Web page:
Nurses and midwives at private hospitals owned by Uniting Health Care (UHC) in Brisbane walked off the job for one hour on November 25, at Wesley Hospital and St Andrew’s hospital on Tuesday, demanding higher pay and increased staffing levels.

Health workers protest outside St Andrew’s hospital in Queensland [Photo: QNMU]

Members of the Queensland Nurses and Midwives’ Union (QNMU) are demanding wage parity with their counterparts in public hospitals, and pay increases that keep up with the increasing cost of living. They also want minimum nurse-to-patient ratios to address ongoing unsafe workloads.

QNMU members at St Vincent's Private Hospitals in Brisbane and Northside held two days of protests outside their hospitals in August to demand higher pay and safe ratios. This was followed a few weeks later by nurses and midwives from Greenslopes Private Hospital in Brisbane, owned by Ramsey Health, who demonstrated outside the hospital to demand a pay increase in line with inflation and nurse-to-patient ratios in line with safe staffing laws applied in Queensland’s public hospitals.

Although these nurses and midwives at the various private hospitals are under different enterprise agreements, they are covered by the same union, the QNMU, which has isolated workers and prevented the development of a united campaign by private- and public-sector health workers for improved pay, conditions and staffing levels.

Queensland government construction and maintenance department workers strike

Electrical Trades Union (ETU) members at the Transport and Main Roads (TMR) RoadTek Carseldine depot in Brisbane walked off the job Monday and protested outside the depot. This is part of a long-running campaign by workers from three government construction and maintenance departments, demanding pay increases and better training for apprentices in a new enterprise agreement. ETU members in Townsville demonstrated in front of the Qbuild department office on November 25.

In October, workers from Qbuild, Qhealth and TMR demonstrated outside state parliament in Brisbane and Qbuild workers in Cairns walked off the job to protest low pay and lack of training for apprentices. The workers are covered by four unions, the Construction Forestry Mining Maritime and Energy Union (CFMMEU), Australian Manufacturing Workers Union, Plumbers Union and the ETU.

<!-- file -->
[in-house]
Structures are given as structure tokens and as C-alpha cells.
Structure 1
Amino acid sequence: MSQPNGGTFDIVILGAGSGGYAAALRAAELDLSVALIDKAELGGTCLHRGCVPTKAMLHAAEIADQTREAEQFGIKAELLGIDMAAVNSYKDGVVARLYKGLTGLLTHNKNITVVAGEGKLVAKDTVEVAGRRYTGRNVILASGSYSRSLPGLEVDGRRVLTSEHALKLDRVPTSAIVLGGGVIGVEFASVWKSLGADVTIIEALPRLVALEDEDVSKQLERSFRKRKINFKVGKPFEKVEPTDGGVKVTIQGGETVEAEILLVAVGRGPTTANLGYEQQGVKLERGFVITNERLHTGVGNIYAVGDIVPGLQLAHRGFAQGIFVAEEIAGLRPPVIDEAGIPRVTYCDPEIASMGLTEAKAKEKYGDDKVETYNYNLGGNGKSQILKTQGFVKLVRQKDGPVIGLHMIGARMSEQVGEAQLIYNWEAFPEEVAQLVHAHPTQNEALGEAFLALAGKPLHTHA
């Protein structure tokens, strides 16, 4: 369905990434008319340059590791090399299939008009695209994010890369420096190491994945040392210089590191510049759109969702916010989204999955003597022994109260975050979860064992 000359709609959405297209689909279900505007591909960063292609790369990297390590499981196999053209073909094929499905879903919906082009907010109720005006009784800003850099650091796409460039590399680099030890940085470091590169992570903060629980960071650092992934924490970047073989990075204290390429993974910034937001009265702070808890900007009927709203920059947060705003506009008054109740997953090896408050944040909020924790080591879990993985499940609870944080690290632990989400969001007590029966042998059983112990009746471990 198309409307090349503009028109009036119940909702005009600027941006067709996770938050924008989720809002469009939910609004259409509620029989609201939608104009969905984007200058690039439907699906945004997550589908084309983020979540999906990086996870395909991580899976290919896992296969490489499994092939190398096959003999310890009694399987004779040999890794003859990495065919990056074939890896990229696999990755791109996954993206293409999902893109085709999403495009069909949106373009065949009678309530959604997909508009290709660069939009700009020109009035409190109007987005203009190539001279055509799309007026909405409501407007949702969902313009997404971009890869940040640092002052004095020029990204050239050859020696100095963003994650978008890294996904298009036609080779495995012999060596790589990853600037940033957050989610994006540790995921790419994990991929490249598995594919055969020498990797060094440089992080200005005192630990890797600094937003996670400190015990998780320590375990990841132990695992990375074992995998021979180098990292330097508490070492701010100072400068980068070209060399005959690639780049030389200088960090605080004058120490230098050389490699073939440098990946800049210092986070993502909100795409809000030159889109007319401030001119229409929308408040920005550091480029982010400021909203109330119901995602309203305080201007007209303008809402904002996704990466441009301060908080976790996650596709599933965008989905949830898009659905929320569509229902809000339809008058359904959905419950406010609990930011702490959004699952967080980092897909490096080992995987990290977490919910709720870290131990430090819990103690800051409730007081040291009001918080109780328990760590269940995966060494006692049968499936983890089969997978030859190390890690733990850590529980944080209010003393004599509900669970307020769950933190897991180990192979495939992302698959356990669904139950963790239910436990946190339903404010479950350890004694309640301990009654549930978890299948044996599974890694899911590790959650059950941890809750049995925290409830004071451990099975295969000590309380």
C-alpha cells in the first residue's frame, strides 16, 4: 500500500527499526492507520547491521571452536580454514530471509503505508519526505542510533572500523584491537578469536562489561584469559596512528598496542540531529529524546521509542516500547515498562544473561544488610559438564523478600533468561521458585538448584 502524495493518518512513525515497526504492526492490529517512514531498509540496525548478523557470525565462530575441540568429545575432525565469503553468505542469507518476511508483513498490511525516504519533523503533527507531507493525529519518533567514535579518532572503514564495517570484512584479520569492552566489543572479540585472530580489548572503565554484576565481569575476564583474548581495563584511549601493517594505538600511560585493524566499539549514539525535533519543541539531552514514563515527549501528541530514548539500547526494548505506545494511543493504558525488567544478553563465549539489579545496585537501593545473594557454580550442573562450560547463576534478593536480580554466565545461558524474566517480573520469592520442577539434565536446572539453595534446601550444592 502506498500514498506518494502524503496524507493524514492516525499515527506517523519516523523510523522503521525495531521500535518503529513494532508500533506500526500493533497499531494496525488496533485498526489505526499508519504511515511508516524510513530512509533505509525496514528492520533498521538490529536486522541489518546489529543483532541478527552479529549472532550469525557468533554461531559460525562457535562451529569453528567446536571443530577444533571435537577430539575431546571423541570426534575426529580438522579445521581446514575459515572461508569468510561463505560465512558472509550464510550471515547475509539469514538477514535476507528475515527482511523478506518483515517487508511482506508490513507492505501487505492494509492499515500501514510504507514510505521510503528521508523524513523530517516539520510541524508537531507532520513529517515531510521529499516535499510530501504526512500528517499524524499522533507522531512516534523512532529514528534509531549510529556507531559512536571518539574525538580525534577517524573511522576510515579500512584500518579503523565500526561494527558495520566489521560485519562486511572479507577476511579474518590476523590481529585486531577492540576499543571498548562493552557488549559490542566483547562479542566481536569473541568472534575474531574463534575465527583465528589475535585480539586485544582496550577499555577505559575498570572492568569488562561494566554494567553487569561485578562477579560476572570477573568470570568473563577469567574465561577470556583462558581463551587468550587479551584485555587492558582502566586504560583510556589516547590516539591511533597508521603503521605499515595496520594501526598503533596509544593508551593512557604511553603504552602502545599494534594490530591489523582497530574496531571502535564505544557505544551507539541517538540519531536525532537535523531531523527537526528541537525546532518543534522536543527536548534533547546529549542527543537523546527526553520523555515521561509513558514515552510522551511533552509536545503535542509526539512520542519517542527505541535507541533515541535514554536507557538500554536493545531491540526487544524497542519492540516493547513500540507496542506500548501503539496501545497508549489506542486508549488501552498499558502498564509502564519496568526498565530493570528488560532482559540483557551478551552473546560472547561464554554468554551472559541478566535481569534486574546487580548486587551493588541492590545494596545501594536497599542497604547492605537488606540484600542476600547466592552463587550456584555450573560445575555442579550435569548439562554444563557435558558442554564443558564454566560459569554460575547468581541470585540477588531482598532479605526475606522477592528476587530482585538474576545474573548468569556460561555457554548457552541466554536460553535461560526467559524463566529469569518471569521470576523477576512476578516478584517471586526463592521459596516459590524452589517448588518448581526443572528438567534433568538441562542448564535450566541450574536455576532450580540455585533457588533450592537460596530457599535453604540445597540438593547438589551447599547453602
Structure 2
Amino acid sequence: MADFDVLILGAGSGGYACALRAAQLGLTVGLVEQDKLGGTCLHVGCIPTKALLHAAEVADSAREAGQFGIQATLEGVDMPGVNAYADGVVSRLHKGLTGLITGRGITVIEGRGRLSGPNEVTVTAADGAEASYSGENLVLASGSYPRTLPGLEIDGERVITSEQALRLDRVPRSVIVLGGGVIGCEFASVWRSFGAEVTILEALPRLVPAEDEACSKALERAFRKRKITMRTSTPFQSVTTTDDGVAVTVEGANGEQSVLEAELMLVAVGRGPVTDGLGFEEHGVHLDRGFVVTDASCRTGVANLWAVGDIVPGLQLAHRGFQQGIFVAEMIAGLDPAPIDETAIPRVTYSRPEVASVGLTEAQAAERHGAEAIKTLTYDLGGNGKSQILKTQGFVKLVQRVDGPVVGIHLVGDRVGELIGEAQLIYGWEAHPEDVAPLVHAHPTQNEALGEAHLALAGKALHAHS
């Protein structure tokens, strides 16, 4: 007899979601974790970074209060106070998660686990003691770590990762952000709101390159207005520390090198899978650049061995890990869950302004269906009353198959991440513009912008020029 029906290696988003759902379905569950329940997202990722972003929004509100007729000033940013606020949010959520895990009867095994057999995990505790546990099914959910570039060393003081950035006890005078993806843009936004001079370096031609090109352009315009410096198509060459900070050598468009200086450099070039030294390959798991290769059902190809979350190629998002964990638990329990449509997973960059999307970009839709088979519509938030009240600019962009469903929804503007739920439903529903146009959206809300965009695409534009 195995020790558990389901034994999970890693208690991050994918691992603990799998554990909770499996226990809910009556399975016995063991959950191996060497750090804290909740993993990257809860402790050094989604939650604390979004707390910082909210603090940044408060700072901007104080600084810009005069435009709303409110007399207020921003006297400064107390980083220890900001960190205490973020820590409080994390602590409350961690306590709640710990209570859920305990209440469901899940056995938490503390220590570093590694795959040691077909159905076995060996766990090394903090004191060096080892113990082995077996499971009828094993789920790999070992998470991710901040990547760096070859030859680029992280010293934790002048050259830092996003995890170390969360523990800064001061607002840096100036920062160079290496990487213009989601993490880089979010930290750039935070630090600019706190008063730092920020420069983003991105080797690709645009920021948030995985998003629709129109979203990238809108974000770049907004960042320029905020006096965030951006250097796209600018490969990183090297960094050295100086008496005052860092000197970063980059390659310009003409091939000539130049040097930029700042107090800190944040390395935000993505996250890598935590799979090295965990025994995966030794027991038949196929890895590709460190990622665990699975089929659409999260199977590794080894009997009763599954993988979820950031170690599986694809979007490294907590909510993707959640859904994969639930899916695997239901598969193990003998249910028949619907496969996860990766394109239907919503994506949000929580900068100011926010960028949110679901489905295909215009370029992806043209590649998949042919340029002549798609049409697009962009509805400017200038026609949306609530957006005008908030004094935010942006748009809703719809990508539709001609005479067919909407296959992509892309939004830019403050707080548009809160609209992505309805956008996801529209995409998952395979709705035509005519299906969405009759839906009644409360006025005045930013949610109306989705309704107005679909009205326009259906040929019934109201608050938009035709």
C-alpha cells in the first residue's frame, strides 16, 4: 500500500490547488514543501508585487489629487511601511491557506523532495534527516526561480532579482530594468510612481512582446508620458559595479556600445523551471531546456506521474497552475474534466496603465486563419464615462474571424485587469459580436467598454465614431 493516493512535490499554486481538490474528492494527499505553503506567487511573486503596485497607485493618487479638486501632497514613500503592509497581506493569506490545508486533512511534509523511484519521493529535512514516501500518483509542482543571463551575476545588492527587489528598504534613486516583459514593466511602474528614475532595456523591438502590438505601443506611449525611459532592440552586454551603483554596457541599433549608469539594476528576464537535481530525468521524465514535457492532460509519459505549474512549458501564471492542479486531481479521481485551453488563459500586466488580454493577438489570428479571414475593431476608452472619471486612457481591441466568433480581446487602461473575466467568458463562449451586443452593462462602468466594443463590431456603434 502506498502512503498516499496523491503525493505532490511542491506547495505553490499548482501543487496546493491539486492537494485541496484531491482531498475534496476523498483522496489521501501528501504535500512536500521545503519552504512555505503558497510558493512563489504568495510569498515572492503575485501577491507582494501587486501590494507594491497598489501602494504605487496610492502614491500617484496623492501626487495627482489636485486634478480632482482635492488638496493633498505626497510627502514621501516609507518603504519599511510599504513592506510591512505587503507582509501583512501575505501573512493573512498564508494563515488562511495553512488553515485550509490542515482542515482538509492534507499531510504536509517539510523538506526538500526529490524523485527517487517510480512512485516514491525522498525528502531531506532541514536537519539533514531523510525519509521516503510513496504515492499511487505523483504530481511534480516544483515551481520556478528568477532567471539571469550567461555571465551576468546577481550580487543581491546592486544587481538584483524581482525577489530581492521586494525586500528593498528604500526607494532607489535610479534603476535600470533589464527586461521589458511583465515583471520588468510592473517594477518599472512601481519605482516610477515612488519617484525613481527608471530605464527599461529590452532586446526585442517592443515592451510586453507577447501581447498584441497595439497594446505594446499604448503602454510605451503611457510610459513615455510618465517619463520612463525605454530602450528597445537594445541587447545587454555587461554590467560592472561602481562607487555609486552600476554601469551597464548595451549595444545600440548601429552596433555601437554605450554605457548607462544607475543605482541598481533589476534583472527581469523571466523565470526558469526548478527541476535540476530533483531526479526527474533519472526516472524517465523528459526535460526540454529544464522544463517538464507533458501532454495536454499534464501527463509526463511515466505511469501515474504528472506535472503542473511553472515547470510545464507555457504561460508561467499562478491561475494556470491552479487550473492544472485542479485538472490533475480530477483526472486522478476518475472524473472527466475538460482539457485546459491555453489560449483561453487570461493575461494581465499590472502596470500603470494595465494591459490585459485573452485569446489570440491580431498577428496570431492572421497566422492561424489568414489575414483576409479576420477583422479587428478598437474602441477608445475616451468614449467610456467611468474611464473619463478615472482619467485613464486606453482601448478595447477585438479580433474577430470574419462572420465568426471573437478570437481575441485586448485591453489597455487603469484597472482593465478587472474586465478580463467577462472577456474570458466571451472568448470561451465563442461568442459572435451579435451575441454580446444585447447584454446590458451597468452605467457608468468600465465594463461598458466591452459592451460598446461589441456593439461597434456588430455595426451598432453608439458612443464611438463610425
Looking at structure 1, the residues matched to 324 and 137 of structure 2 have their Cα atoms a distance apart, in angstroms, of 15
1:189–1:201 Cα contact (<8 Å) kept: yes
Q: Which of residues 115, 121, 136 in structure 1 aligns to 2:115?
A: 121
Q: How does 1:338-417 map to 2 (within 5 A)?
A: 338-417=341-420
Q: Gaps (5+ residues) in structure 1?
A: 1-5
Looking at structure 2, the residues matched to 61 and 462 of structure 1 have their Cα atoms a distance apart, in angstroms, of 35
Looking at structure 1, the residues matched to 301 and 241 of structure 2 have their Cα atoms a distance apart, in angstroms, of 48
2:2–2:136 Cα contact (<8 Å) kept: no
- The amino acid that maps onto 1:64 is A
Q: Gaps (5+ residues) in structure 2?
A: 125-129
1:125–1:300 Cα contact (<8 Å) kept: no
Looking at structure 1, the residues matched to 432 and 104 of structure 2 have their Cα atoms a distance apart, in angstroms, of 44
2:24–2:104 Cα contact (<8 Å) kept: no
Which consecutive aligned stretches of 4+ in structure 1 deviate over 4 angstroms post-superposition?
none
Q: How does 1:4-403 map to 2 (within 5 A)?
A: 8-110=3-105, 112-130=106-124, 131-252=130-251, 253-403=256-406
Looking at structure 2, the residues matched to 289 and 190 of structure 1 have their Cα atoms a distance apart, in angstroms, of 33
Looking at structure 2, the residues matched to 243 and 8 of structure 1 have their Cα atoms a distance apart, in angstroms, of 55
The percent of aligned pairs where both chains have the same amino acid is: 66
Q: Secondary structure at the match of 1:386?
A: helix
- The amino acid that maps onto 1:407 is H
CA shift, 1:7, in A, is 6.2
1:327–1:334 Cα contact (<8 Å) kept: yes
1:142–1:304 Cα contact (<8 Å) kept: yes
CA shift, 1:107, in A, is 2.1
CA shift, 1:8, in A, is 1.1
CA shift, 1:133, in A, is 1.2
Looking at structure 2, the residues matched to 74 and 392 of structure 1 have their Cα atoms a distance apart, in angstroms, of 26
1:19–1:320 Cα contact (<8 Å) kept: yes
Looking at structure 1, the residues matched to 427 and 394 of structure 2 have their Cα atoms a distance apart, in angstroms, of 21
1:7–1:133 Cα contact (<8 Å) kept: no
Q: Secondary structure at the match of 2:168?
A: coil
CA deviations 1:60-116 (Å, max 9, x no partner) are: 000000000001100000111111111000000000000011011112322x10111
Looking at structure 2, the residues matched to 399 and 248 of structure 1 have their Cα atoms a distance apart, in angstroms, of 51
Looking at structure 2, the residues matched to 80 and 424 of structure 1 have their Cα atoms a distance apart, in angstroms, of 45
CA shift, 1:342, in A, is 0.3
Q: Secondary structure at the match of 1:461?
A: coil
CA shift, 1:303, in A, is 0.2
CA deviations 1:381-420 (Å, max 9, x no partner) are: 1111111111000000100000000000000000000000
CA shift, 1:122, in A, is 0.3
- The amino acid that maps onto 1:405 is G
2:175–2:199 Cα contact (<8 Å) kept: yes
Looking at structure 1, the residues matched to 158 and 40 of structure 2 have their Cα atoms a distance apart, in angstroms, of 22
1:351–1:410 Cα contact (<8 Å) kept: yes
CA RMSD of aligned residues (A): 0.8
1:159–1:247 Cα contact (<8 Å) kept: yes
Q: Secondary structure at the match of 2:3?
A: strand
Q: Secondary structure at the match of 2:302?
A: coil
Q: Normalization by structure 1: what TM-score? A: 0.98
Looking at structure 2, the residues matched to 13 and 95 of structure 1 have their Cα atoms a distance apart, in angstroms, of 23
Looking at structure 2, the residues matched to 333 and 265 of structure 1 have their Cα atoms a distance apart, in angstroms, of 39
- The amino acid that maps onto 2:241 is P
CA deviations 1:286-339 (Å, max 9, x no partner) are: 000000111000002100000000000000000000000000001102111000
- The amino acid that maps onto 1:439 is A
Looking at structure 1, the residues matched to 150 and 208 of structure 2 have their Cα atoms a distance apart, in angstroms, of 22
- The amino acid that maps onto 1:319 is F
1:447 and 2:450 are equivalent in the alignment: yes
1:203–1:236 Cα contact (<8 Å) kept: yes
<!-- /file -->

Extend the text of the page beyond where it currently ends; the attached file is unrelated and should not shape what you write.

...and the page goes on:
ETU members from TMR walked out for a day across Queensland on September 12 after TMR workers at Mackay were locked out for applying low-level work bans in support of their demands. Apprentices at Qbuild walked out for 24 hours on October 14 last year to demand access to proper trades training.

Aged care provider Southern Cross Care Tasmania moves to sack enrolled nurses

Southern Cross Care (SCC) Tasmania has moved to make 50 enrolled nurses (ENs) redundant across its nine Tasmanian aged care facilities. SCC ENs in South Australia also face the same fate.

The move by SCC follows the passing of two aged care bills by the federal Labor government in July, which delivered changes to the mix of direct care staff in aged care. The legislation mandates that a registered nurse (RN) be on duty for every shift at aged care facilities, and requires 40 minutes of care per patient, per day by RNs. However, the remaining 160 minutes of required care can be provided by personal care workers (PCWs), rather than ENs.

Southern Cross intends to replace its ENs with less qualified and lower paid PCWs under the supervision of a RN. SCC also plans to change the employment conditions of another 125 of its workers. They will now be required to obtain a Certificate III in Aged Care and provide direct care to residents in addition to continuing to work in their current specialist area.

The workers are covered by the Australian Nursing and Midwifery Federation (ANMF) and the Health and Community Services Union (HACSU). The ANMF claimed that the new aged care laws have allowed aged care providers to “game the system to dilute the skill mix” boosting their top end profits at the expense of aged care workers’ jobs and patient care.

Following protests last week by angry ANMF and HACSU members, who are distressed about losing their jobs, the unions have attempted to put a lid on any further protests and have announced that the Albanese government is “highly concerned” about SCC’s planned staffing arrangements and was willing to meet the unions to discuss the staffing mix.

Industrial action by Woodside gas production workers in Western Australia enters sixth week